Pakistan to grow at 2.4% this year, miss target, economic survey shows

By Ariba Shahid and Gibran Naiyyar Peshimam

ISLAMABAD (Reuters) – Pakistan’s economy is likely to have expanded by 2.4% in the fiscal year that ends this month, missing a target of 3.5%, the government’s economic survey showed on Tuesday, a day before the country’s federal budget is unveiled.

It was, however, an improvement on last year’s contraction of 0.17% and in line with the full-year projection of the State Bank of Pakistan, which cut its key interest rate by 150 basis points on Monday as it strives to boost the economy.

Pakistan’s current account deficit narrowed sharply by 95% to $200 million in the July to April period of FY24 versus $3.9 billion in the same period a year ago, the survey showed.

The current account registered three straight months of surpluses until April, and May could be another month of surplus, Finance Minister Muhammad Aurangzeb said at the launching ceremony of the report.

The government in its monthly economic review at the end of May said it was targeting economic expansion of 3.6% for the new fiscal year starting in July, amid an uptick in economic activity.

Pakistan is in talks with the International Monetary Fund for a loan estimated to be anything between $6 billion to $8 billion to avert a default for an economy that is growing at the slowest pace in the region.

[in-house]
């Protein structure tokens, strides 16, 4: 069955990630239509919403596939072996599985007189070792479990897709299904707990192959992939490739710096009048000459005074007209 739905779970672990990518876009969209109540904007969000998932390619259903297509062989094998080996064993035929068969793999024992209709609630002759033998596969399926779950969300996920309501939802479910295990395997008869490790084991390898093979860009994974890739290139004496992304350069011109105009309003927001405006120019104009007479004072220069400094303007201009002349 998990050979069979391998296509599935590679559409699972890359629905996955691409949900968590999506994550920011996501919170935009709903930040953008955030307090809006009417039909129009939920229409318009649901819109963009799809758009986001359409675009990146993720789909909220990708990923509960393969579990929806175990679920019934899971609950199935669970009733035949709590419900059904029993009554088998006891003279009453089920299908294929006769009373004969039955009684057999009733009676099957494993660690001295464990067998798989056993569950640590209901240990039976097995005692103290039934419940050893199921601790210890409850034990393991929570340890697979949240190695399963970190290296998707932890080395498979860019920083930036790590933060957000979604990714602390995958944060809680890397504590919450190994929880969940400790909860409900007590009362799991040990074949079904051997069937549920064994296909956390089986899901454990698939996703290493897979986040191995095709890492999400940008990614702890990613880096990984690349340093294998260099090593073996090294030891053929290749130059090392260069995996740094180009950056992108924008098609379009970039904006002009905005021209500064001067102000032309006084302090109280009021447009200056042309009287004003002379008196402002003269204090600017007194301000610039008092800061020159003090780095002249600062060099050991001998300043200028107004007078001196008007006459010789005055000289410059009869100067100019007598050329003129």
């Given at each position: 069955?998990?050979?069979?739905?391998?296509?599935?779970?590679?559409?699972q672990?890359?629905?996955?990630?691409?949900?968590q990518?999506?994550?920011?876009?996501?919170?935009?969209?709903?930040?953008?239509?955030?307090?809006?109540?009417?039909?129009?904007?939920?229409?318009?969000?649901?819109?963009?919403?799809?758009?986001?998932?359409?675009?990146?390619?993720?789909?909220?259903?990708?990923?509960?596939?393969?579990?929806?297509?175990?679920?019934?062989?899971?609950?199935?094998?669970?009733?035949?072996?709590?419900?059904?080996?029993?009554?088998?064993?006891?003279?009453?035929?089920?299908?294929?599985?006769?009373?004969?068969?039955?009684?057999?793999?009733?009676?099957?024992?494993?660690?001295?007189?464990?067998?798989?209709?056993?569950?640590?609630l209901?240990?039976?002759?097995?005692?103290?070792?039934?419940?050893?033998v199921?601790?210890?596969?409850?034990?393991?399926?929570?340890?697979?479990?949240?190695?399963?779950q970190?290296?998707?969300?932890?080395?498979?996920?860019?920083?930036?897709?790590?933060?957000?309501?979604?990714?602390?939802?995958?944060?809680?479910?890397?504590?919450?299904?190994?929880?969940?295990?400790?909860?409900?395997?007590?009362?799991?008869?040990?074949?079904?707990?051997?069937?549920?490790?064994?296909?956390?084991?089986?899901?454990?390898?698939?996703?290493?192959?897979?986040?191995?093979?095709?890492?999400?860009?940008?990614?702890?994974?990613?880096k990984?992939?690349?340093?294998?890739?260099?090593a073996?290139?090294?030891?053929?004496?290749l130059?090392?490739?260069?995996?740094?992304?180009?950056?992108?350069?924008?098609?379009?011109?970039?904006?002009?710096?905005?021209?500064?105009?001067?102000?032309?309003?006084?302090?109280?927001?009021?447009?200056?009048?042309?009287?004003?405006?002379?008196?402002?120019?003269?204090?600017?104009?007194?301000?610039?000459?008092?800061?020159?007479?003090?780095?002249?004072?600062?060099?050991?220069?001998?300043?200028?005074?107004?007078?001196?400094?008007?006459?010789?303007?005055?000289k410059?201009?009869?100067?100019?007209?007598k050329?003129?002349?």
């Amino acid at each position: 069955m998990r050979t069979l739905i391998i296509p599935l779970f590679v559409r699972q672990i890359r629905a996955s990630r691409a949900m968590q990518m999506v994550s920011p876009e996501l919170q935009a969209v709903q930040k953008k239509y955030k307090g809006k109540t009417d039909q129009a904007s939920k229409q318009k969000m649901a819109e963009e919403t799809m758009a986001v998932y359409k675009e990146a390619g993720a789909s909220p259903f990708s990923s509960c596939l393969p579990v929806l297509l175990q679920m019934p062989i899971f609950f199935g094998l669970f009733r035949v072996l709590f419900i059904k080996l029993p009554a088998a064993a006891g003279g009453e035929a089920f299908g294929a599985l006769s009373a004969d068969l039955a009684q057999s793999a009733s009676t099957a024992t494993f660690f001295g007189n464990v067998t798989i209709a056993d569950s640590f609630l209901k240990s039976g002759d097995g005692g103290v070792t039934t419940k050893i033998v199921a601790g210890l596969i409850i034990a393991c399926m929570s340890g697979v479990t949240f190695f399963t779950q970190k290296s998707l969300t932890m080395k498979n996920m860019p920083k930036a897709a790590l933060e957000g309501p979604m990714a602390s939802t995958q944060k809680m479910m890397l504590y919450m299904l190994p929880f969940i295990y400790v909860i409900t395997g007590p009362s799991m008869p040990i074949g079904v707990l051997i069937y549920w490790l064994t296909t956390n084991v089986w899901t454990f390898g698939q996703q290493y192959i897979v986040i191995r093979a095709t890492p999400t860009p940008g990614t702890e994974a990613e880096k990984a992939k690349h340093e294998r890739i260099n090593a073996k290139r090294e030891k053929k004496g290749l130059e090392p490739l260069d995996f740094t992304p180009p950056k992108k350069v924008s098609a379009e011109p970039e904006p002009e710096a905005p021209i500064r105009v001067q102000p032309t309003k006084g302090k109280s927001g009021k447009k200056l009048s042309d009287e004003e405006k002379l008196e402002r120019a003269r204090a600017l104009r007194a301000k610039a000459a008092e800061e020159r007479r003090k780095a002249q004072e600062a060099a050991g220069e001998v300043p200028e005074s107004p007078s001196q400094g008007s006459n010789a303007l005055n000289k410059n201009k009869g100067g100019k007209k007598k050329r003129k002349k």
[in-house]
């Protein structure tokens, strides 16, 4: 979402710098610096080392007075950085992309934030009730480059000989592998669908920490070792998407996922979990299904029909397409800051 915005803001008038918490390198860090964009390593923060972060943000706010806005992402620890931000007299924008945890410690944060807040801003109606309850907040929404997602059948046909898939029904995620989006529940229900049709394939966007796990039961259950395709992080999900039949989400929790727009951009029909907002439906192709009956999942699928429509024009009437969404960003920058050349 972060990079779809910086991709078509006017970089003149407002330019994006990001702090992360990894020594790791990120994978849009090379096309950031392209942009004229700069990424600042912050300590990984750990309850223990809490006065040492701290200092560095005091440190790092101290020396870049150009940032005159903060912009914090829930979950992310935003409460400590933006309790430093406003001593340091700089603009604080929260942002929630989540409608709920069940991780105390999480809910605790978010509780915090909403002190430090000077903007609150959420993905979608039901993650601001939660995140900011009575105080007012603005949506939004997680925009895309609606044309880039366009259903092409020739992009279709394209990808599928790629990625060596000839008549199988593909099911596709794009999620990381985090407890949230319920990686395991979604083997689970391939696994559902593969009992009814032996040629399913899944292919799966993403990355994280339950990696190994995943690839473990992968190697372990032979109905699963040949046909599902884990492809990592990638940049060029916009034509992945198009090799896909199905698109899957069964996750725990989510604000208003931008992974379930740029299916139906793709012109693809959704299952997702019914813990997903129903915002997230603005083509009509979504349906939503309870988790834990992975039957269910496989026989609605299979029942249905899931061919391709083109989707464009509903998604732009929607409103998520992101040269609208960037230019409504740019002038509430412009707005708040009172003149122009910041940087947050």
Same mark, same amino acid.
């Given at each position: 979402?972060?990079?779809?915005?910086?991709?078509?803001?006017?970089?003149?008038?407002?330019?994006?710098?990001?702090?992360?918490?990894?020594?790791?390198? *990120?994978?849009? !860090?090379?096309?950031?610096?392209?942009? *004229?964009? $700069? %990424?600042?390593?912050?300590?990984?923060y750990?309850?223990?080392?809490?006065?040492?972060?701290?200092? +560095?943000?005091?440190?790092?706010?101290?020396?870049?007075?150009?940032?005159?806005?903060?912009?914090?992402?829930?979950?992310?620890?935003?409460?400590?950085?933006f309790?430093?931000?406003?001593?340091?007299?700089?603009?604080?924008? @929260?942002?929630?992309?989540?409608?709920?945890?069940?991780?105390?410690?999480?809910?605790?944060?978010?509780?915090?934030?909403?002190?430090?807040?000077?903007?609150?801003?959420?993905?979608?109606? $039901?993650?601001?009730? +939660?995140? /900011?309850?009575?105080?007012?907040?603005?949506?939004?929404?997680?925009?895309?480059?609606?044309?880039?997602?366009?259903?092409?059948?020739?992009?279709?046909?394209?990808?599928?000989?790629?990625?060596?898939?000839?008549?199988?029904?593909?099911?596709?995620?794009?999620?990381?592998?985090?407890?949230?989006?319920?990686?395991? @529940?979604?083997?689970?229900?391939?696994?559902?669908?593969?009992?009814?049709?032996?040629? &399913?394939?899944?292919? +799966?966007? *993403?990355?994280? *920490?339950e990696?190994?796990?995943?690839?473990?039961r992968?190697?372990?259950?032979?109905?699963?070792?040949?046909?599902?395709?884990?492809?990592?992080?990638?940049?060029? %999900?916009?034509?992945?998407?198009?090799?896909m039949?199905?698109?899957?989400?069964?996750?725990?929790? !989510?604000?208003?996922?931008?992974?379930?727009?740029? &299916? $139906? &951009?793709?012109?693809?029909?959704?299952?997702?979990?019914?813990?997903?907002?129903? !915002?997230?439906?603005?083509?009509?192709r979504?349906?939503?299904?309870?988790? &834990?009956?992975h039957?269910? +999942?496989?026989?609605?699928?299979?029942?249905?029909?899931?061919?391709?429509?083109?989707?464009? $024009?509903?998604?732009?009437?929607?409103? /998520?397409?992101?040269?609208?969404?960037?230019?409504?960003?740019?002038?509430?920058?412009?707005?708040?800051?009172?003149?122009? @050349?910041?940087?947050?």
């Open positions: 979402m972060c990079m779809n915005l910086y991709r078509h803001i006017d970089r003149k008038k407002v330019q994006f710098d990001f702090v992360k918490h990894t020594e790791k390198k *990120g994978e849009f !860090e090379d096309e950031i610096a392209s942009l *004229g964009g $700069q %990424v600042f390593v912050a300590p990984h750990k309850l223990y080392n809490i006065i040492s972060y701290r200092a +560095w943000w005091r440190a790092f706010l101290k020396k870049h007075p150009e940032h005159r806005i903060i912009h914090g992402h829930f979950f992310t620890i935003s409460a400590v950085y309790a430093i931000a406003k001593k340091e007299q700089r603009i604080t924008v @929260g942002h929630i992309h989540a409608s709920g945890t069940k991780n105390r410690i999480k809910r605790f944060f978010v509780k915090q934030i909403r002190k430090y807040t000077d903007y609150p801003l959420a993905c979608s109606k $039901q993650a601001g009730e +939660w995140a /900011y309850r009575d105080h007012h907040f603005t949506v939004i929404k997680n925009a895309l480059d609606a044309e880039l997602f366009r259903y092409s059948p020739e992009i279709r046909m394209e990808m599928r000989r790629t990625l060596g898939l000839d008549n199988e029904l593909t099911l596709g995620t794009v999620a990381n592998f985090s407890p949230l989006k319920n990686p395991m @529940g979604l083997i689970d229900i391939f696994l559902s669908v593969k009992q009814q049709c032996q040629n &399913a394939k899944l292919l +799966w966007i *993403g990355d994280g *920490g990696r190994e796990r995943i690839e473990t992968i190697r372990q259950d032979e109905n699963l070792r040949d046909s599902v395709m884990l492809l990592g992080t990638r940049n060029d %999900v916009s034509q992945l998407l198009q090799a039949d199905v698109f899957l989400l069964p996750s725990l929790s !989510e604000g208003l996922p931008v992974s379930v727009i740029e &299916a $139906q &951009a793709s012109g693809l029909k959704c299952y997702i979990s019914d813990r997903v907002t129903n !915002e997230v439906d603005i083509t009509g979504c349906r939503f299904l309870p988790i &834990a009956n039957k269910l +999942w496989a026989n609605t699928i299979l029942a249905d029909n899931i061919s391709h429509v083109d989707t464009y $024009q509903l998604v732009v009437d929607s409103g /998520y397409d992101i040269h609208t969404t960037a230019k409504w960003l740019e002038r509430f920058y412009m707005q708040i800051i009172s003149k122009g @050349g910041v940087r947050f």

Aurangzeb said talks with the IMF had been “productive and constructive” and that Pakistan was committed to economic reforms being discussed with the lender.

Prime Minister Shehbaz Sharif has publicly expressed his commitment to tough reforms since coming to power in a February election. These would be critical to securing the IMF loan, but high prices, unemployment and a lack of new job opportunities have piled political pressure on his coalition government.

One of the most difficult expected demands of the IMF programme is the increasing of revenues to trim the fiscal deficit. The government’s total revenue for three quarters of the current year stood at 9.78 trillion rupees ($35 billion), the survey showed, against a target of 12.4 trillion rupees.

Aurangzeb said the current year’s revenue collection marked a 30% increase over the year before, which he termed “unprecedented”. However, the central bank says that with structural reforms remaining elusive, any increase in revenues would likely be from tax and levy hikes.

Other key performance indicators mentioned in the economic survey include a fiscal deficit at 4.5% of GDP up until April, against a target of 6.5% for the full year.

($1 = 278.4000 Pakistani rupees)

(Reporting by Ariba Shahid, Gibran Naiyyar Peshimam and Asif Shahzad, Writing by Swati Bhat, editing by Sudipto Ganguly and Gareth Jones)


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